Gradually the winter is passing by. This year it almost looks like a chilled spring. So, before winter totally fades away, leaving the endless hot days for us, we bring a peek into the life of the residents of the world’s coldest permanently inhabited place. Sitting on our comfortable couch, this place might seem magical but do the residents of this village feel the same way?
The whole fuzz started when a girl posted her selfie with frozen eyelashes and it got viral. Reporters decided to take a look inside the life of this village and certainly, the results are unbelievable. Winter is not just about snowfall and you’ll know it by the end of this article.
Oymyakon is located in Russia’s Sakha Republic. In 1933, Oymyakon, the Siberian village was named as the “coldest inhabited place” of planet Earth after mercury fell to -94 degrees Fahrenheit (-68 Celsius). Located at 63.4608° N, 142.7858° E latitude, it is not too far from the Arctic Circle, just several 100 miles.
This place has always remained distant from the other parts of Russia. The village is known as the “Pole of Cold” and this name goes with the village for its average temperature is -59°F. The collection of photos that these photographers have brought for us from the coldest village on Earth are clearly depicting the extreme weather.
In Oymyakon, winters stay for long enough, and so does darkness. This village stays dark up to 21 hours a day! The question arises in mind what makes people survive in such chilled conditions? Obviously, the residents of Oymyakon live a very different life from the rest of us when we talk about the weather.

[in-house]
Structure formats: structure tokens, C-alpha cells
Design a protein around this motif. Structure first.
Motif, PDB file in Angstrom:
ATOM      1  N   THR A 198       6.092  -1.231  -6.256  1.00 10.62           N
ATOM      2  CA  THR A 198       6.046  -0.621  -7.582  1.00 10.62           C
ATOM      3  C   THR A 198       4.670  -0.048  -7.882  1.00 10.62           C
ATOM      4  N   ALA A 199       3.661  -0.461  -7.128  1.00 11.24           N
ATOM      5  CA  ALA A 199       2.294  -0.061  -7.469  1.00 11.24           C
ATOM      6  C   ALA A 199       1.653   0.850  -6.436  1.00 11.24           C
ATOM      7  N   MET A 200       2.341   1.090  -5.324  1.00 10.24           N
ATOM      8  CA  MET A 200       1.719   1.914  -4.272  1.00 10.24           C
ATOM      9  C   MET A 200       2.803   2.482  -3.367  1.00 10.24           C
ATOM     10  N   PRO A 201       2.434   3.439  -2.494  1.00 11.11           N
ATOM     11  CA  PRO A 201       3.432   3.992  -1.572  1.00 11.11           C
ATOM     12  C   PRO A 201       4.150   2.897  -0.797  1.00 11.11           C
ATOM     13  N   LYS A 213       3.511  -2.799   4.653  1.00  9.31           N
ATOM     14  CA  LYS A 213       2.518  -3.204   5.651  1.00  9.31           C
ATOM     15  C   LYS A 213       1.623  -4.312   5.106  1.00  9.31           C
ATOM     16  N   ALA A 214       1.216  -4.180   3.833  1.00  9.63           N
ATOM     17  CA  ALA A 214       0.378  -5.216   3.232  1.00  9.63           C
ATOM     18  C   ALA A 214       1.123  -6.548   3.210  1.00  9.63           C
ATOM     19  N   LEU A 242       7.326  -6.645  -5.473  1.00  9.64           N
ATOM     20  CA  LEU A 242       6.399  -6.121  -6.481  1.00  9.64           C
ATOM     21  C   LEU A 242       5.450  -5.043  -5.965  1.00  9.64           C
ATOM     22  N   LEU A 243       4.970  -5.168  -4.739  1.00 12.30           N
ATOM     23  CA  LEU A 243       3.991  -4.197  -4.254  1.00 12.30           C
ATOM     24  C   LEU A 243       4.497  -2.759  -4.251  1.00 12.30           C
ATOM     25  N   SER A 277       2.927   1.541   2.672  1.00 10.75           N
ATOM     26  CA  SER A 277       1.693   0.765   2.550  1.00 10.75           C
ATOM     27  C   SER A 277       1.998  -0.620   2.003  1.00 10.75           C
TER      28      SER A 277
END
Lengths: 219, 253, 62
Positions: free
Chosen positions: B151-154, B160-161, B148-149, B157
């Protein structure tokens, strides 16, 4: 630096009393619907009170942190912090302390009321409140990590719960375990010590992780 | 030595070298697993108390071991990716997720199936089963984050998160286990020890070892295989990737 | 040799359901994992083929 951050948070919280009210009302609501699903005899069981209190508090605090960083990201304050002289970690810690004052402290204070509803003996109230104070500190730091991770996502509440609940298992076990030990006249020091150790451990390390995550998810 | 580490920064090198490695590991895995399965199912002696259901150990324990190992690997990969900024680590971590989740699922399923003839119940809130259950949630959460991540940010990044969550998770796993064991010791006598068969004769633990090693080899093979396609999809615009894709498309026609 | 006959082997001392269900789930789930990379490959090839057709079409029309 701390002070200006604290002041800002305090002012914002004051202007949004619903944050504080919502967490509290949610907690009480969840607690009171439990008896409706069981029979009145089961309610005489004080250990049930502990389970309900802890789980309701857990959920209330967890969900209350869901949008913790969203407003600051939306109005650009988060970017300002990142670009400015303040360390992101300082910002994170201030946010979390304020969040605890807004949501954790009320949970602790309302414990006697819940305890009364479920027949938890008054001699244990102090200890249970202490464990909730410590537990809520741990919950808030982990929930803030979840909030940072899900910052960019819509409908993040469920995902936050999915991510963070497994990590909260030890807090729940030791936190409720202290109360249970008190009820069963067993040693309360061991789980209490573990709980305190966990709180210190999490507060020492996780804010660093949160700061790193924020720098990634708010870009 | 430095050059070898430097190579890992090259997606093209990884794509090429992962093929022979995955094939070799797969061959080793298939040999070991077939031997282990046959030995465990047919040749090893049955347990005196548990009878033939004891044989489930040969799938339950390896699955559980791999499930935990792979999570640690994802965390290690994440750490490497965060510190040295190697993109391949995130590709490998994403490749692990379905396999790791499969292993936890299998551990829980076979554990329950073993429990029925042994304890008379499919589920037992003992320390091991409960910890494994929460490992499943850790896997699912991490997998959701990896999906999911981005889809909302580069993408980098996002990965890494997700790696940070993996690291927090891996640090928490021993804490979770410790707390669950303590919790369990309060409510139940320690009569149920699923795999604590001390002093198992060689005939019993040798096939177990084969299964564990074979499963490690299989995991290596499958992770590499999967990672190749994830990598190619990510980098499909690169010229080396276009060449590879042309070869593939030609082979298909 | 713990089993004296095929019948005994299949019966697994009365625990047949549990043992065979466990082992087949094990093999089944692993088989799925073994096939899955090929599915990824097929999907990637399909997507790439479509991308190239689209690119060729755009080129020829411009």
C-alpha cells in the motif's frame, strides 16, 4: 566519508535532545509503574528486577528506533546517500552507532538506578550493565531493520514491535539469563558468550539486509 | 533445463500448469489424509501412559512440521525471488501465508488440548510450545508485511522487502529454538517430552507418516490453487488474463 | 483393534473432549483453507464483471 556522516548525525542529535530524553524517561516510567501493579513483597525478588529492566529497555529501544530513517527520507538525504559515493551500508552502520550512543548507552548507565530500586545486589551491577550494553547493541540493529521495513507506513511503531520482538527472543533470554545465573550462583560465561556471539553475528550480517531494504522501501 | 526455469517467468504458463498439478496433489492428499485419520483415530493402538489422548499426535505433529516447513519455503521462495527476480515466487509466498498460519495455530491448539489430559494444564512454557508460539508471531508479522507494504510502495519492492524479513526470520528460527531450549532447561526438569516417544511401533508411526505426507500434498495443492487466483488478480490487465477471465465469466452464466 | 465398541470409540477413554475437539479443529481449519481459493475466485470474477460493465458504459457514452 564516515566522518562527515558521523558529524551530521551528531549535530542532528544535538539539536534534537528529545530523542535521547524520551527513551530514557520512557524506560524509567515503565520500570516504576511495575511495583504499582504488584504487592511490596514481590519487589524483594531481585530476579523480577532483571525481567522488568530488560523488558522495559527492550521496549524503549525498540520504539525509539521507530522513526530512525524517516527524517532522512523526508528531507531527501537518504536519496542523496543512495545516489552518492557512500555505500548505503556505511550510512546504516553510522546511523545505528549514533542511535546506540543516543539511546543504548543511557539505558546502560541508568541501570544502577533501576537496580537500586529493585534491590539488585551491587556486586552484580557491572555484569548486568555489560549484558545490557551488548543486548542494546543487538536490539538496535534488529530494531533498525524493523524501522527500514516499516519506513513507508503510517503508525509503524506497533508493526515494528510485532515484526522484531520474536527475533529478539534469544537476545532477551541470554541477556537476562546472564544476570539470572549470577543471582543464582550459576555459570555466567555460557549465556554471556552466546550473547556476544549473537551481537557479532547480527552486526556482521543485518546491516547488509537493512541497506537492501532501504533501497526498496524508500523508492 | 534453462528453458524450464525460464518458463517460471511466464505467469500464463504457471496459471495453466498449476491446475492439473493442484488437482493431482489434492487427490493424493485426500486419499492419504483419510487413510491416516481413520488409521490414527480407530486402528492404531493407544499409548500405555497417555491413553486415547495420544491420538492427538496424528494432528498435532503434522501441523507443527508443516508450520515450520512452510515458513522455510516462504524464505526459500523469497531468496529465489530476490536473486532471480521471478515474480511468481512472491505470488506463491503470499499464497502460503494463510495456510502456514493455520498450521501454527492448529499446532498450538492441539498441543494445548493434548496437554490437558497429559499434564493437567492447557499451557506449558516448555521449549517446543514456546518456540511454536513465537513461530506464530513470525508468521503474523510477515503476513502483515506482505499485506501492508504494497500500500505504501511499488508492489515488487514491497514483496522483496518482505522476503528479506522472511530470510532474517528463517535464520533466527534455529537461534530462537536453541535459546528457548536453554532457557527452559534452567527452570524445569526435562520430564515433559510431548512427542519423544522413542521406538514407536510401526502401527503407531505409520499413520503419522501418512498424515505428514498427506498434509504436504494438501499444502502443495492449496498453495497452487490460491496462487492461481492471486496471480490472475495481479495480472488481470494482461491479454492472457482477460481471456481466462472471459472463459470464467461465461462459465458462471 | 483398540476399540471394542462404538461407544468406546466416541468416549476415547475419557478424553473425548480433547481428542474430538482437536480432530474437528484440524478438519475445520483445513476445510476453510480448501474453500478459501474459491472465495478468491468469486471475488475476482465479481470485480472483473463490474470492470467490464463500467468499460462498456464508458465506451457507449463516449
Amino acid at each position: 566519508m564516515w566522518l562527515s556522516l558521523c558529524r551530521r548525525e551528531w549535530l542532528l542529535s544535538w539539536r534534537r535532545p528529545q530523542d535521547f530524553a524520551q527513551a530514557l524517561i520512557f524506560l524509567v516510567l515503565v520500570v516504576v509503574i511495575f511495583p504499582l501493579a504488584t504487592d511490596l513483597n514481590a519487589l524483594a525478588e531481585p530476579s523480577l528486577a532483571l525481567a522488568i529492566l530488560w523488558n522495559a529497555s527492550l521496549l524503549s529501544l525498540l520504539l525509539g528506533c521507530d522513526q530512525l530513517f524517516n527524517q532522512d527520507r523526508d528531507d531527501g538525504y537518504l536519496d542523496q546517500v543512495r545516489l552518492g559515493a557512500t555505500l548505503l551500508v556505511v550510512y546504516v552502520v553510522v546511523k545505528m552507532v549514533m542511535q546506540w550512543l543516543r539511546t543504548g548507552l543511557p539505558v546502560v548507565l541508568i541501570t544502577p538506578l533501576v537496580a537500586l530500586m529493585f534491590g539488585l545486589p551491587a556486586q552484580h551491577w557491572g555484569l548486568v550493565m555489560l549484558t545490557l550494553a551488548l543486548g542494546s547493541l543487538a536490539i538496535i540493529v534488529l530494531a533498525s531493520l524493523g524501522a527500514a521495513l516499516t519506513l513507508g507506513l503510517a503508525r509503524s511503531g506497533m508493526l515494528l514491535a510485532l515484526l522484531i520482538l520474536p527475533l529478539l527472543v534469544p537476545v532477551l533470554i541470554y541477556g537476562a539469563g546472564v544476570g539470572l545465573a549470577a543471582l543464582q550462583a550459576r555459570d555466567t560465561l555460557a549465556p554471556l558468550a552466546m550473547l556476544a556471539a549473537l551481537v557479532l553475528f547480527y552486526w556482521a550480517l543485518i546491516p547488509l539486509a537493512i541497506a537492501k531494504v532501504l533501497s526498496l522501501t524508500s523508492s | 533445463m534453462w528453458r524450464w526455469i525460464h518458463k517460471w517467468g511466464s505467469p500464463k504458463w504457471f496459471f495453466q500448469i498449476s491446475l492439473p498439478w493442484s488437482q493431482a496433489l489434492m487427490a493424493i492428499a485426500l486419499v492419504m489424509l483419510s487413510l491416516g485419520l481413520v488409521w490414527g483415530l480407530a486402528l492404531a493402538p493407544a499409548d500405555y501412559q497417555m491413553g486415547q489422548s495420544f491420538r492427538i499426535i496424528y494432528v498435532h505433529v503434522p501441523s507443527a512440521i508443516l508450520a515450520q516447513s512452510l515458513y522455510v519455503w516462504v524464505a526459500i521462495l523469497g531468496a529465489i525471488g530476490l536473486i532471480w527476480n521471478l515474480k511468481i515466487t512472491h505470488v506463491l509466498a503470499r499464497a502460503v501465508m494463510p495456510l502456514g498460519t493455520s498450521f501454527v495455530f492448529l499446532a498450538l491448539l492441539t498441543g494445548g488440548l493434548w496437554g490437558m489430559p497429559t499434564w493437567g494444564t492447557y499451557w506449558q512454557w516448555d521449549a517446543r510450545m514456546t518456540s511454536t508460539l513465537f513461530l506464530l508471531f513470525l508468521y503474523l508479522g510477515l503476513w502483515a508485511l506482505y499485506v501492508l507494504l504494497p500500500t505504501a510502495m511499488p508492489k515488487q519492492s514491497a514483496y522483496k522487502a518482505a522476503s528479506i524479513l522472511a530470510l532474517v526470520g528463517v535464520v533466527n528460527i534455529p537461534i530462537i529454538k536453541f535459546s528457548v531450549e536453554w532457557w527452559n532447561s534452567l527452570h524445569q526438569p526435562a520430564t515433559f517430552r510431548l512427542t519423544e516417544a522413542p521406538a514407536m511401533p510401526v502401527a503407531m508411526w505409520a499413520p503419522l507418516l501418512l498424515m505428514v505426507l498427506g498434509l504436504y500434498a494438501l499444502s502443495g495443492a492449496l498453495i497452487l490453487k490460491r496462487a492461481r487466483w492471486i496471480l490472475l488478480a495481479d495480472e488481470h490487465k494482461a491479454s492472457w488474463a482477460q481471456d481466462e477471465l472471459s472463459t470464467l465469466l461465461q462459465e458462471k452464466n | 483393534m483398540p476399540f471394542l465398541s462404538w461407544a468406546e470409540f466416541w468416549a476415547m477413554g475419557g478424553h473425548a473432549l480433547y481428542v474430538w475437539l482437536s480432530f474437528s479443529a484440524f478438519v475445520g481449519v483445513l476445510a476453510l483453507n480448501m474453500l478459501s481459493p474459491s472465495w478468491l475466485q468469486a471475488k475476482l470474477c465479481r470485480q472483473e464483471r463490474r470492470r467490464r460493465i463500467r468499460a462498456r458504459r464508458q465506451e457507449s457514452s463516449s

Colder Than Ever
These photos show that the residents have adjusted with the freezing temperature. Sadly, the temperature they got used to was still to go down as last winters turned out to be colder than ever. Cold wasn’t the only thing that was crossing limit though. Many other things crossed limit with the weather.
From The River
Oymyakon village got its name from a nearby village, Oymyakon River. The word “Oymyakon” is derived from the Even language – a fading language that is spoken only by the people of the Even ethnicity. The word Oymyakon stems from the word kheium means “unfrozen patch of water; a place where fish spend the winter.” while some say it is derived from heyum which means “frozen lake.” The Oymyakon settlement is less than 100 years old.
Watering Hole For Nomadic People
Oymyakon was not a village during the 1920s and 30s, just a bunch of reindeer herders who belonged to Yakut ethnicity used to visit the region. The area had a couple of thermal springs which the shepherds used for their herds. Those were the times of nomads, who never stayed at one place but the Soviet government had a plan for the Oymyakon region.